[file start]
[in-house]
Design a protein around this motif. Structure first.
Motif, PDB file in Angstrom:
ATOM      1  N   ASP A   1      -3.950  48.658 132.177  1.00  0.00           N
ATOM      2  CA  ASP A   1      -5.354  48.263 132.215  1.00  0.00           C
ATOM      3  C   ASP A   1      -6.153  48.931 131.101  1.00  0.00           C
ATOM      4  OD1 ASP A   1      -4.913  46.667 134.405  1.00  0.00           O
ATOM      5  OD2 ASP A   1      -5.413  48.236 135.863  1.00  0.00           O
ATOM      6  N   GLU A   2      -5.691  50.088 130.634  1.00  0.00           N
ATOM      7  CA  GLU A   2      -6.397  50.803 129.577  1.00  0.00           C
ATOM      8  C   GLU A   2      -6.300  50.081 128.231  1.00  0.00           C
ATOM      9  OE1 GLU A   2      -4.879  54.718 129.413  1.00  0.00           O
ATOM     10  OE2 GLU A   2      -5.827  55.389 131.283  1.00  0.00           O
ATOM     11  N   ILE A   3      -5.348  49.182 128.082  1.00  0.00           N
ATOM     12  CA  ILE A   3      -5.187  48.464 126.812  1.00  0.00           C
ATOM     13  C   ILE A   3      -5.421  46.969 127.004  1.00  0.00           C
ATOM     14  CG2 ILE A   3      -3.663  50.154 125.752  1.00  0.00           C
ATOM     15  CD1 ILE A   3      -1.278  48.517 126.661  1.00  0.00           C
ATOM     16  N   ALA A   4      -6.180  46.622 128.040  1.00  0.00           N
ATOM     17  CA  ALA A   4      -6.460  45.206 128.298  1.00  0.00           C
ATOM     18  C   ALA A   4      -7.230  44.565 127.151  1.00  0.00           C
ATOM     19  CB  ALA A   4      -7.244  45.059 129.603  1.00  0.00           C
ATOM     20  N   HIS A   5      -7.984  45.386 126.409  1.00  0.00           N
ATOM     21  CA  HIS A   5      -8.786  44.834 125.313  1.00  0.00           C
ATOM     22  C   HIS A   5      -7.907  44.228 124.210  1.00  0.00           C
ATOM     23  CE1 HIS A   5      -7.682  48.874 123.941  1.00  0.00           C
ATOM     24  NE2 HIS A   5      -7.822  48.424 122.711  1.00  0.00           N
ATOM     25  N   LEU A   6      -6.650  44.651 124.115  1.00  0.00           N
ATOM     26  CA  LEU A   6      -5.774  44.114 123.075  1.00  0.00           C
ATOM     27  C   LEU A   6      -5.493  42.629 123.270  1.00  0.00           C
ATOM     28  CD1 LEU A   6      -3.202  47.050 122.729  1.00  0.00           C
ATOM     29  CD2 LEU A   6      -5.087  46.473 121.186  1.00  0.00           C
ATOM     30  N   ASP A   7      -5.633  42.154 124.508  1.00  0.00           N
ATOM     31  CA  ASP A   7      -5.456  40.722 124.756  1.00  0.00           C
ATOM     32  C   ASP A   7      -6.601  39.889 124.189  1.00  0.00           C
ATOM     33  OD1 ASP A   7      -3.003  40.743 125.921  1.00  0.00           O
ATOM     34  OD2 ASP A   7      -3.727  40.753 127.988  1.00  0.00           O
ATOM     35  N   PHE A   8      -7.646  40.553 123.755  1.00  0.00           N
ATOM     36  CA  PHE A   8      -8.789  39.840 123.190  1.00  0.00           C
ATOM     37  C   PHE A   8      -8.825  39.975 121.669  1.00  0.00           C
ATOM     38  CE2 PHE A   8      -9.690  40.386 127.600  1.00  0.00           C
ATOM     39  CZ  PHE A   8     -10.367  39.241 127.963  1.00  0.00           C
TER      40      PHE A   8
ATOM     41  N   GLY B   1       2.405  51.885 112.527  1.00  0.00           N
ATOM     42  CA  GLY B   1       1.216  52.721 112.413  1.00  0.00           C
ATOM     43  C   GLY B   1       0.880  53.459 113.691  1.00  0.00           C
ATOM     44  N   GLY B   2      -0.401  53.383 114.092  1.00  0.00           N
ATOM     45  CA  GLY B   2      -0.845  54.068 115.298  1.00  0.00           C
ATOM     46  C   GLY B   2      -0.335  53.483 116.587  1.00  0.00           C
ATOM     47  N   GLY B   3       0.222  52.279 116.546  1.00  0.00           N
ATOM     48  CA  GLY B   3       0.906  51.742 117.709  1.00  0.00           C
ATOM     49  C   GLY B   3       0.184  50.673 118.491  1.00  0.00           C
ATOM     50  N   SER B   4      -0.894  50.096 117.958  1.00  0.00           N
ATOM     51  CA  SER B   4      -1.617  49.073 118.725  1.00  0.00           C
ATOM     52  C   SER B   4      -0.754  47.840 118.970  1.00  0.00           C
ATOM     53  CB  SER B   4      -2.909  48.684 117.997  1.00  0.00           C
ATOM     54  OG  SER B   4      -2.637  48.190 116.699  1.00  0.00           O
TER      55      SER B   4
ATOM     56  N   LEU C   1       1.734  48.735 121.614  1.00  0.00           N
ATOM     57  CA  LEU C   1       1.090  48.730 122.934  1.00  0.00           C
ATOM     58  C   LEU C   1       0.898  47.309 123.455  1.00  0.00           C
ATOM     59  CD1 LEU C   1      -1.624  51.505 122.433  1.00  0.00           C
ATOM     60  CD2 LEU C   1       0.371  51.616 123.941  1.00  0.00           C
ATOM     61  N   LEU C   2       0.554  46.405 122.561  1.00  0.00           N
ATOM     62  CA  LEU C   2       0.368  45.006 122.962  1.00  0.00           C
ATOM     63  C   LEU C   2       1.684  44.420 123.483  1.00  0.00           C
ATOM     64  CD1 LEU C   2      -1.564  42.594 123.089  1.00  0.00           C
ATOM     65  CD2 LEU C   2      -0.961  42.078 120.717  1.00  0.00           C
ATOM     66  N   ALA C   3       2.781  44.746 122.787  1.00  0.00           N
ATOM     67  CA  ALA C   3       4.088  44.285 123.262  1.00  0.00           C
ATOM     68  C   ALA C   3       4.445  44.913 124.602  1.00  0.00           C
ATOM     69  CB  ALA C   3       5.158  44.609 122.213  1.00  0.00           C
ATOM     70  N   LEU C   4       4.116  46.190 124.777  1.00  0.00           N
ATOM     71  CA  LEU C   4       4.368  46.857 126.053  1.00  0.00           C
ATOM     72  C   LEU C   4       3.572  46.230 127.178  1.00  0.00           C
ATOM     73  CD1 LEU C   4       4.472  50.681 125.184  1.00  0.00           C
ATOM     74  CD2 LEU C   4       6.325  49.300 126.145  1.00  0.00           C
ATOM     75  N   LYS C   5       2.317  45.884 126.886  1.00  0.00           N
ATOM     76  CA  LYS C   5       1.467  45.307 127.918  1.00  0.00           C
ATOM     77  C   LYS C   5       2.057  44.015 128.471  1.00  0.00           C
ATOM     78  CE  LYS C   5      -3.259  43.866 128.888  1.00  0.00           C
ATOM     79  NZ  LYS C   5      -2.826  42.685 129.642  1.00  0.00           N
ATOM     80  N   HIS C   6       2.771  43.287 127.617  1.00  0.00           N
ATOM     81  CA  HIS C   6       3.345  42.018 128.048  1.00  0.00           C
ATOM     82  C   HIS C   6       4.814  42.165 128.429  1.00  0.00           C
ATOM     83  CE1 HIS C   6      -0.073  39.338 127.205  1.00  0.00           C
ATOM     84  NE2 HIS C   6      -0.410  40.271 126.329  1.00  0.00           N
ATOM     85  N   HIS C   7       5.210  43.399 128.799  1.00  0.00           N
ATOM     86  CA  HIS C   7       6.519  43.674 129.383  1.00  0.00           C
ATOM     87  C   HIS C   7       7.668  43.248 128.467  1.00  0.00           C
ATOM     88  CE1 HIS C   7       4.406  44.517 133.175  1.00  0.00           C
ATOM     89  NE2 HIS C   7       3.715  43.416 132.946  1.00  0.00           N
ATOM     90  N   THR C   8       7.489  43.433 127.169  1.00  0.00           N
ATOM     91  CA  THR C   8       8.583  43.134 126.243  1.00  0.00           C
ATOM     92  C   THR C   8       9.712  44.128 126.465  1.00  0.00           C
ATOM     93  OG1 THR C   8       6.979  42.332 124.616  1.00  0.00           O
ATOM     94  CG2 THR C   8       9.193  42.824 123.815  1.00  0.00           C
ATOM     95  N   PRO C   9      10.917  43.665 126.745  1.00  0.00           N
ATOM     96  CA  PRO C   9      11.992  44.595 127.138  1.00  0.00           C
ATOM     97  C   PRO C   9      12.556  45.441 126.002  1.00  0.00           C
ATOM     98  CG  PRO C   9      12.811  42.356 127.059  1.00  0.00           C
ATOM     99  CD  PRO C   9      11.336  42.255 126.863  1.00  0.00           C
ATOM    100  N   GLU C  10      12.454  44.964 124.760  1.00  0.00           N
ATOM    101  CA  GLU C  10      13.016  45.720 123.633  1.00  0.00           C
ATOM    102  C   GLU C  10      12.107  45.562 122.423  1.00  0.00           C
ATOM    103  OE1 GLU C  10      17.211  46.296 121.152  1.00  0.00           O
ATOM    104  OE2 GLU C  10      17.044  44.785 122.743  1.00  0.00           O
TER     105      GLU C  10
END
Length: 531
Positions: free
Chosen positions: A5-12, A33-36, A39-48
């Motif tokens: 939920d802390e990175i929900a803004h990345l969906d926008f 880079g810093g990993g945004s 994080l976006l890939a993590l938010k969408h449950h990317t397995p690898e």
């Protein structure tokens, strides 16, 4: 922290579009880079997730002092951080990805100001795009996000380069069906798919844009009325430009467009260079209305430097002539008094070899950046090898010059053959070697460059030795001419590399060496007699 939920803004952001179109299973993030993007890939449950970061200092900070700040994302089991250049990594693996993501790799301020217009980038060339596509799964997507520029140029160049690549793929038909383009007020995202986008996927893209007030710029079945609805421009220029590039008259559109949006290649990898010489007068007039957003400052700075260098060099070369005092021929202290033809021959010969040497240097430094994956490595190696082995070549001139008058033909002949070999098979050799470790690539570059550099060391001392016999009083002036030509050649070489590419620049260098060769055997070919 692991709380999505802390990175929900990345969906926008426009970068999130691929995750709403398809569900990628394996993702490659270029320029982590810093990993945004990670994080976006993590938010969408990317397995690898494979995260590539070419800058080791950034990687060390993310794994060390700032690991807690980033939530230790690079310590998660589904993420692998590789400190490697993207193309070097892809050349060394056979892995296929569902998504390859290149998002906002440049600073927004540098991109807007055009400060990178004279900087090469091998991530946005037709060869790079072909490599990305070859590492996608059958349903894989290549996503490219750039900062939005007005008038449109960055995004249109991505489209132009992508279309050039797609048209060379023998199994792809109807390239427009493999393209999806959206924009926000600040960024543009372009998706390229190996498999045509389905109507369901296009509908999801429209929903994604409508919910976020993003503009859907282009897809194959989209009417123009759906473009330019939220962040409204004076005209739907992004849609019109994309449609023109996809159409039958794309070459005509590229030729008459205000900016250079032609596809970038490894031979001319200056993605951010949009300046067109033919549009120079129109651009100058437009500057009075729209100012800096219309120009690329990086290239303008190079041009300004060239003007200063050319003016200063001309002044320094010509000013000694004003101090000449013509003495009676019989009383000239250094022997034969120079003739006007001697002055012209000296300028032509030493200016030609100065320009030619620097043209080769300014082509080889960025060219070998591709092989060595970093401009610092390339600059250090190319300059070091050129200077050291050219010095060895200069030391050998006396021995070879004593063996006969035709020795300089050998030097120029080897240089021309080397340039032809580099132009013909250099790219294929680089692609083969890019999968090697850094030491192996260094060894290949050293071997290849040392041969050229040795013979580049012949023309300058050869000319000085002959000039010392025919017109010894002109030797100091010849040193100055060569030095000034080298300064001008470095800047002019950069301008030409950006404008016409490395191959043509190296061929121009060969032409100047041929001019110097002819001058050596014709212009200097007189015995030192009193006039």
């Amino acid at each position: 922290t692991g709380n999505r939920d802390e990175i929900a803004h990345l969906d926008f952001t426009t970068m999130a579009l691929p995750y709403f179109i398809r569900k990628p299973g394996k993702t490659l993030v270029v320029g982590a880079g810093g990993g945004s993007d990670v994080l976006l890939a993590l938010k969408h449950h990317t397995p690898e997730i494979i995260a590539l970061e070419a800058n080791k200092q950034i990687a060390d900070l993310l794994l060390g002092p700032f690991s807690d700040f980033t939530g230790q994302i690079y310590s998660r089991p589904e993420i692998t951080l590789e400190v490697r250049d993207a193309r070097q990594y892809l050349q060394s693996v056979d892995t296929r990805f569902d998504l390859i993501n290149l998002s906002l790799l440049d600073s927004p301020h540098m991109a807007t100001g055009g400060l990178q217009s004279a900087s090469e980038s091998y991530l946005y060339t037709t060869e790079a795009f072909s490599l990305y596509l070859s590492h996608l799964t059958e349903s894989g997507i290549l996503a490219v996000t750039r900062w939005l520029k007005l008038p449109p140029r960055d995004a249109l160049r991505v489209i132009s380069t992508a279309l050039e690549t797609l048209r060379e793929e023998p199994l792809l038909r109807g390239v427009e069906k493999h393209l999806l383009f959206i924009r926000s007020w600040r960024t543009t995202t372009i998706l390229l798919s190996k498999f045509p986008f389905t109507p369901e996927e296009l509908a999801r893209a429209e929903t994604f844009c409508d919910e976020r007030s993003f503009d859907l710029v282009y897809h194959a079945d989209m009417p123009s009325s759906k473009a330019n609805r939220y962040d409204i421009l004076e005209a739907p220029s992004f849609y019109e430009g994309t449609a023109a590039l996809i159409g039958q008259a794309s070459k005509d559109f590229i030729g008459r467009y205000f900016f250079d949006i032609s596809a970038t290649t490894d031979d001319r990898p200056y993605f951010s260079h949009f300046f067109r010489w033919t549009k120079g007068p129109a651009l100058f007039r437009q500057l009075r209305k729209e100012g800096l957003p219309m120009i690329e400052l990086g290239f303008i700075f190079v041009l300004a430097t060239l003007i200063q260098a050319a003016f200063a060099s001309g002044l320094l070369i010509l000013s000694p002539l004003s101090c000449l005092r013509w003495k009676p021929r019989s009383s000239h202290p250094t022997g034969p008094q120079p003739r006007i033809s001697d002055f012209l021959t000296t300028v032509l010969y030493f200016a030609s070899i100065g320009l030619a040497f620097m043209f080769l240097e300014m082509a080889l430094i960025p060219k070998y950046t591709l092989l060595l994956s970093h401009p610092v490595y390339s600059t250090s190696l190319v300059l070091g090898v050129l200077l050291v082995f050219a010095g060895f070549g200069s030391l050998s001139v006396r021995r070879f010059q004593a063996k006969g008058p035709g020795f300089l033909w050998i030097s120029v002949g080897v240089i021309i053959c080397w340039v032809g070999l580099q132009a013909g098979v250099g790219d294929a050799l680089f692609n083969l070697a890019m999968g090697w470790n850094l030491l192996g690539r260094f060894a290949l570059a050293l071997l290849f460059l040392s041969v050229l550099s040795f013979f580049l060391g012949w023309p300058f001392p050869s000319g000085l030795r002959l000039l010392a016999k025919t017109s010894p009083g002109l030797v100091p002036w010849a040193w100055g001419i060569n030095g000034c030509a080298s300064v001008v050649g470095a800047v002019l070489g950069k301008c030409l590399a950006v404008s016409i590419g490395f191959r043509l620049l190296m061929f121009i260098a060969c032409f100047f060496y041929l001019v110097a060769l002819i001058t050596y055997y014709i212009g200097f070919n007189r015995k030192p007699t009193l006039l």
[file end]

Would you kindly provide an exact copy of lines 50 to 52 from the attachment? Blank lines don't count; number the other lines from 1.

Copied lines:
ATOM     47  N   GLY B   3       0.222  52.279 116.546  1.00  0.00           N
ATOM     48  CA  GLY B   3       0.906  51.742 117.709  1.00  0.00           C
ATOM     49  C   GLY B   3       0.184  50.673 118.491  1.00  0.00           C